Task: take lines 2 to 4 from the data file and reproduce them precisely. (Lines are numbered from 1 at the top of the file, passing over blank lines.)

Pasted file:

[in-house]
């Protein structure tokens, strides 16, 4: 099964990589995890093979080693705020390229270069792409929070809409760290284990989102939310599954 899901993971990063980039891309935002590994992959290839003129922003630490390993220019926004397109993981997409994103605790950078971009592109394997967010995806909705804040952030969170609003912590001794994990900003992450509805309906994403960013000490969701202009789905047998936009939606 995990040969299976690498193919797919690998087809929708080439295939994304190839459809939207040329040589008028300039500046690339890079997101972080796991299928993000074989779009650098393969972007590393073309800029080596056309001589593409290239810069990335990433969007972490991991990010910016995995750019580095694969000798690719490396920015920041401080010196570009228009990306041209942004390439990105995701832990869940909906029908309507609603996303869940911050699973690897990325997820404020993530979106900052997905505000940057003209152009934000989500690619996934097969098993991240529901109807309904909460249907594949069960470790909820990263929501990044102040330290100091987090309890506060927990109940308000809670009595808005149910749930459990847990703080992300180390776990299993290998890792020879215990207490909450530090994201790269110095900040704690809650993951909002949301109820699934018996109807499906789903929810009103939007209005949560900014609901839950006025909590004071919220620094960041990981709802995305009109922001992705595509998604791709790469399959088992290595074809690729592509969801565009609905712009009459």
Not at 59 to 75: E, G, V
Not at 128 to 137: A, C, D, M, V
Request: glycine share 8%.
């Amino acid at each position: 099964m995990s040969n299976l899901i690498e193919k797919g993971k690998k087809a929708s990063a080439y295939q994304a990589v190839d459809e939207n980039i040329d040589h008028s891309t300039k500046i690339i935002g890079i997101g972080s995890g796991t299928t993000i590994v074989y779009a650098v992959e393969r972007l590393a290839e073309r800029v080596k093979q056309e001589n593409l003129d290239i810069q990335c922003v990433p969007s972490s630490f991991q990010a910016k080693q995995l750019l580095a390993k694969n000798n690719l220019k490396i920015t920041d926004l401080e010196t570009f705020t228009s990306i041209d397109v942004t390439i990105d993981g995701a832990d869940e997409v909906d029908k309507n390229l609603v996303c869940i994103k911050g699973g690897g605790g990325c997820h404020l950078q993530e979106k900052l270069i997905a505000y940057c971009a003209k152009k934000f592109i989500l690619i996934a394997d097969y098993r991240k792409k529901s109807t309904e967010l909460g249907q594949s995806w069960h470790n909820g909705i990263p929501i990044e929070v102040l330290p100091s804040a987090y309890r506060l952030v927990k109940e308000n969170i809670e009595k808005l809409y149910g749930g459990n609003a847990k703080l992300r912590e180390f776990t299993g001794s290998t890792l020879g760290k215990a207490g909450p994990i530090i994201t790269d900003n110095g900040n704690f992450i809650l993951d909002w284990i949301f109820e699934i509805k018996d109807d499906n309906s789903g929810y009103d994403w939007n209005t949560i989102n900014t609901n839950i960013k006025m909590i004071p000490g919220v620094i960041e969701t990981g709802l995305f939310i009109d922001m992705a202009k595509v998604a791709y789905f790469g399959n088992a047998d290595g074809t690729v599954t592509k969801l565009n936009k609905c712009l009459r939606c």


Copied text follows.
């Protein structure tokens, strides 16, 4: 099964990589995890093979080693705020390229270069792409929070809409760290284990989102939310599954 899901993971990063980039891309935002590994992959290839003129922003630490390993220019926004397109993981997409994103605790950078971009592109394997967010995806909705804040952030969170609003912590001794994990900003992450509805309906994403960013000490969701202009789905047998936009939606 995990040969299976690498193919797919690998087809929708080439295939994304190839459809939207040329040589008028300039500046690339890079997101972080796991299928993000074989779009650098393969972007590393073309800029080596056309001589593409290239810069990335990433969007972490991991990010910016995995750019580095694969000798690719490396920015920041401080010196570009228009990306041209942004390439990105995701832990869940909906029908309507609603996303869940911050699973690897990325997820404020993530979106900052997905505000940057003209152009934000989500690619996934097969098993991240529901109807309904909460249907594949069960470790909820990263929501990044102040330290100091987090309890506060927990109940308000809670009595808005149910749930459990847990703080992300180390776990299993290998890792020879215990207490909450530090994201790269110095900040704690809650993951909002949301109820699934018996109807499906789903929810009103939007209005949560900014609901839950006025909590004071919220620094960041990981709802995305009109922001992705595509998604791709790469399959088992290595074809690729592509969801565009609905712009009459």
Not at 59 to 75: E, G, V
Not at 128 to 137: A, C, D, M, V